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transcoding tool vs flight time correct exposure

Discussion in 'Pro/Adv Discussion' started by dimedrol, Oct 4, 2015.

  1. dimedrol

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    I noticed that transcoding tool is recommended to use with Phantom flight recordings made in LOG mode. When I record my videos in that mode they look overexposed, so I really want to add negative expocorrection most of the time. Not only the image looks overexposed, but it is shown as overexposed (zebra strips) in the app. But as I make the adjustment during a flight, the final video when run through the transcoding tool appears underexposed. Means the tool disregards my adjustment as if I had not made it and does what it would do on the non-adjusted material.

    As an experienced (over 7 years) DSLR user I know that precise exposition at the shot time is crucial for end result, because yes, you can recover certain information from overexposed areas but that amount is very limited even in my full frame camera, not to mention the tiny compact Phantom 3 one.

    So that makes me wonder, why does Phantom 3 automatically overexpose videos in LOG mode and try to fix it at transcoding time and is it really any better than shooting with precise exposition?

    I really like the idea of shooting videos in some equivalent of raw mode, but then it looks like I have no control over the camera, because what I see in the app (overexposed image) is not what I get (after transcoding tool), so I have no idea if my interruption may be useful.
     
    #1 dimedrol, Oct 4, 2015
    Last edited: Oct 4, 2015
  2. flying treasure

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    I'll have to look up the transcoding took because I don't know what that is. I just started shooting a few weeks ago. But I've done video production for 15 years now all over the world and have used dslr and know what you mean about this image in log mode. I've been shooting in regular right out of the box setting because it actually looks really great to me. Most of the time things are blow out. I know it's not a long term solution but I don't know what to do either. I will say I think the camera corrects better than dslr though, do you? Is it a 4.2.2 color space? I thought I read that somewhere were as most dslr is 4.2.0.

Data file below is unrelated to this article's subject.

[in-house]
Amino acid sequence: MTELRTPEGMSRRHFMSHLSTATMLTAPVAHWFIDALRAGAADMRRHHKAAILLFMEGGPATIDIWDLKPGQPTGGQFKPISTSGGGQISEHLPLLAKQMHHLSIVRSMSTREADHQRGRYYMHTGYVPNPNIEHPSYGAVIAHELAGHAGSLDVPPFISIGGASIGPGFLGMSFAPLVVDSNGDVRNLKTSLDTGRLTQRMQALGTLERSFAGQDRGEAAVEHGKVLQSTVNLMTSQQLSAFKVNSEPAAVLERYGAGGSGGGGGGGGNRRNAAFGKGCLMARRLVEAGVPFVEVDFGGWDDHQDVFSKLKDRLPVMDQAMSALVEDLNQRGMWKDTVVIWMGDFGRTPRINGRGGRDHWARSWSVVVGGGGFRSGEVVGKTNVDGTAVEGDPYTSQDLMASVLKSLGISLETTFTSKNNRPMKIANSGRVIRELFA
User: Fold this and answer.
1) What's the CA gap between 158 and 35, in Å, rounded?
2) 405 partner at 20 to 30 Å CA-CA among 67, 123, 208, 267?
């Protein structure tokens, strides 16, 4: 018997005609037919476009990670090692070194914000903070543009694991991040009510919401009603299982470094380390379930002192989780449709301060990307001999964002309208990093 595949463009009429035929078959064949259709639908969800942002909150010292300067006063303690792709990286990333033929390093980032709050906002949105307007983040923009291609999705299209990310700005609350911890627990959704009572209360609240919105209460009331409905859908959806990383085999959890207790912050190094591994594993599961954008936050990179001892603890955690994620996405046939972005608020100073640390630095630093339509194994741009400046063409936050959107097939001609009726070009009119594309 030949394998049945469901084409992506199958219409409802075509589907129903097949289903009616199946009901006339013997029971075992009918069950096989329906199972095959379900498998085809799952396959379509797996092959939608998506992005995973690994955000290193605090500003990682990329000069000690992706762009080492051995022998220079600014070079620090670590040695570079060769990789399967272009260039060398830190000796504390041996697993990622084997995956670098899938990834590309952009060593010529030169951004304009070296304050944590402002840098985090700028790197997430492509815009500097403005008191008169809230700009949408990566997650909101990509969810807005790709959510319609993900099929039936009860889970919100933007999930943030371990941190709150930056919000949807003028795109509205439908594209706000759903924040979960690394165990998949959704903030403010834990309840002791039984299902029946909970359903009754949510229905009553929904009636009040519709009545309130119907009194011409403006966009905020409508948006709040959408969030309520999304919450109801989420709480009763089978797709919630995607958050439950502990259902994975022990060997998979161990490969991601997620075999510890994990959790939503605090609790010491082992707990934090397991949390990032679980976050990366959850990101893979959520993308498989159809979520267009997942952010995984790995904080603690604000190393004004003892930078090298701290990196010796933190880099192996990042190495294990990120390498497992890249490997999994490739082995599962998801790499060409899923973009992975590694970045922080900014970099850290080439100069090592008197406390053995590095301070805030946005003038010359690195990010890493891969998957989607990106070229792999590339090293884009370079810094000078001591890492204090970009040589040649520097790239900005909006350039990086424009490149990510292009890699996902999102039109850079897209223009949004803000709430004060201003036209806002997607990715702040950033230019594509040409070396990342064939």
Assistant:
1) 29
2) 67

3. dimedrol

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    Transcoding tool does some sort of post processing that is only (as far as I understood) applicable to videos made in LOG mode. I think of it as a kind of a raw converter. I have no idea what it really does though and why does it need the image to look overexposed in the app at shoting time.


    The reason I started to shoot in log mode is my dissatisfaction with Phantom 3 auto exposure. I don't know what kind of metering phantom camera does (I think matrix metering would be appropriate) but in many situations I found it's image begging for adjustment. So I found the transcoding tool and thought of it as an intelligent post-processing exposure adjustment utility.
     
    #3 dimedrol, Oct 4, 2015
    Last edited: Oct 4, 2015
  4. flying treasure

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    I saw and downloaded it when I first got my phantom but though it doesn't shoot in RAW video so why do I need a converter.
     
  5. dimedrol

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  6. flying treasure

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    Interesting! I'm going to look more into this!
     
  7. John Lo

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    You can not give a high hope to the cmos sensor in p3 which is like a 2 yearsold mobile phone camera.

    It may help to preserve some highlight and shadow detail if u record in log mode, but only a bit because the poor performance of the cmos.
     
  8. flying treasure

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    2 year old mobile phone camera? It looks better than that to me.
     
  9. bobmyers

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    SAY WHAT? Better send yours back if it isn't better that that. :D:D
     
  10. EPT160

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    The P3P does not shoot video in any sort of RAW file. The P3P on board video processor converts all video shot to any of the user selected profiles including LOG, at the very low bit rate of 60 Mbps in a 8 bit colour space of 4:2:0. They (the Testing Inspire 1 LOG Mode in Nepal forum thread) talk about converting this stream into ProRes YUV4:2:2(10bit) stream, with a higher bitrate of near 350 Mbps. You can do this for the sake of producing a more friendly format for your editing platform but you can not increase the dynamic range or add any extra data (video information) to your already captured file.